Homeboy Industries in Los Angeles, founded by Jesuit priest Father Greg Boyle, addresses the issue of street gangs through job training and business opportunities. Homeboy made news when it was forced to lay off more than 75% of its staff — 300 people, many in the target outreach group — because of budget cuts. Remarkably, the 60 people who were not laid off worked in Homeboy’s bakery, which was profitable and self-sustaining, and therefore capable of weathering the cuts. Since that desperate time, with the help of some compassionate and deep-pocketed friends, Homeboy Industries has rebounded and continues to provide job training and employment opportunities for ex-gangbangers in the L.A. community. (It should be noted that while Catholic faith is at the core of Boyle’s motivation, Homeboy itself does not publicly emphasize its faith roots. It is, however, an appropriate example of social entrepreneurship in my estimation.)
Most urban ministries I know — certainly those involved with groups like the Christian Community Development Association — operate and achieve as Belay, Central Detroit, and Homeboy do. If you have only seen yourself as a pastor or minister, you should recognize that you are already a type of entrepreneur that the world desperately needs.
The key to a successful social enterprise is the combination of “cause” and “good” management. The key to running a business that does good while feeding your ministry’s bottom line is the same combination.
We all have causes we are passionate about. It’s the management part of the equation that poses a challenge.
Larger urban ministries will face less of a challenge in managing a business than will grassroots groups. Sustaining a multi-million dollar operation like a rescue mission, for example, requires significant management capacity and skill. That same capacity can be redeployed or expanded to a business effort.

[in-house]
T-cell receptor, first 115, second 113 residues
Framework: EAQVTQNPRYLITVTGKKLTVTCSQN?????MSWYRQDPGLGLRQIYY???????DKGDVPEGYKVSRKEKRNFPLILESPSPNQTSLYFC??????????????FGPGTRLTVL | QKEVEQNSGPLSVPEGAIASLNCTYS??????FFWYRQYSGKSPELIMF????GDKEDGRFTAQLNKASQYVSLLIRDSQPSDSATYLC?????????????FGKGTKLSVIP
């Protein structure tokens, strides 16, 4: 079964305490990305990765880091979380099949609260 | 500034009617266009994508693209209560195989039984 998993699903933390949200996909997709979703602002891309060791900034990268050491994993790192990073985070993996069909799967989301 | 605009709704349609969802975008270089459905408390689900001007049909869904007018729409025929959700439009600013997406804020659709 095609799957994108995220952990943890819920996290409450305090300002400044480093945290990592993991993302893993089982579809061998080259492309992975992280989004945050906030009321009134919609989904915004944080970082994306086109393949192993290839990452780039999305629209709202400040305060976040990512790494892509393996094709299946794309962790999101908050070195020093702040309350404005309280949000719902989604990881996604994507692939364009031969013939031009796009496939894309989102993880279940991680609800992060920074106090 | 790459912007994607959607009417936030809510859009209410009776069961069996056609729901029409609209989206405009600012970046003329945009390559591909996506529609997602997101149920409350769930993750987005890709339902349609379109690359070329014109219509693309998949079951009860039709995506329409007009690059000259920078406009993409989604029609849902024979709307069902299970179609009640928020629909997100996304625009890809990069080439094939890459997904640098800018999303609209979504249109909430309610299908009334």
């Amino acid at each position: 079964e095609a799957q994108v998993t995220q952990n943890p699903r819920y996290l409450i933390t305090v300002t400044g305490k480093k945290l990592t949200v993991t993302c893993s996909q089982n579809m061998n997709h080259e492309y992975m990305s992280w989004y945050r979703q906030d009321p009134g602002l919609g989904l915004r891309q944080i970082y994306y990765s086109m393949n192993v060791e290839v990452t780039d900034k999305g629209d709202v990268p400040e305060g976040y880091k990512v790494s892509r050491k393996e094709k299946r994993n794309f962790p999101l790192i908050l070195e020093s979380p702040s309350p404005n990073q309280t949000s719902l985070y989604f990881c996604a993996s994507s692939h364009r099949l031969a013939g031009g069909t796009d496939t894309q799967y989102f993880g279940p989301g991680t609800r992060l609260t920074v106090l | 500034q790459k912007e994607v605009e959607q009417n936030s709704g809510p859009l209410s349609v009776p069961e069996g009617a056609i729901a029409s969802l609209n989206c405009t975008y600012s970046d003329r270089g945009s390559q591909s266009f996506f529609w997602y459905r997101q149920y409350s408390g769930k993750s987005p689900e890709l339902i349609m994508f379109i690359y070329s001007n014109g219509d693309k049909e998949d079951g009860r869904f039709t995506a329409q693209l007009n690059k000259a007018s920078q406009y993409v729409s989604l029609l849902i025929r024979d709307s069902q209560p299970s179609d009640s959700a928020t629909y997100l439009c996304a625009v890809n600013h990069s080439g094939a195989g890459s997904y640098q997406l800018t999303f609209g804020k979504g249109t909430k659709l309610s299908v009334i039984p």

Smaller ministries that have survived for many years should also have some capacity to manage a new business endeavor. An outreach program with a few full-time staff has less capacity than a large nonprofit, but can still tap its network and management experience in running a business.
It’s the small grassroots groups — which are often our most innovative as well as fearless ministers — that need to truly count the cost of launching a business to fund their ministries.
I know of many effective urban ministries that are essentially one charismatic leader surrounded by a host of friends and allies. Often the leader is not paid full-time, and many times draws no salary from his work.
One man I know has a van that he uses to take aimless youth to church gatherings around his town. He uses a ministry name, but that ministry is not incorporated.
TRANSFORMING LIVES: Father Gregory Boyle, founder and director of Homeboy Industries, meets with his team. Homeboy has developed one of the largest gang-intervention programs in the nation.
Another man, an ex-gang-member, rode his bike around town, making contact with younger gangsters and talking to them about avoiding future trouble. He was connected to a number of networks and coalitions, to which he funneled many gangsters for intervention or services.
In this type of operation there is very little organizational and financial management being practiced, and therefore little on which an organization can be developed. When it does come time to grow the organization, to strengthen management and plans, the charismatic leader will either need to grow or get out of the way.
It is entirely possible for this grassroots urban minister, no matter how little formal education he or she has, to develop into a nonprofit organizational leader or business person.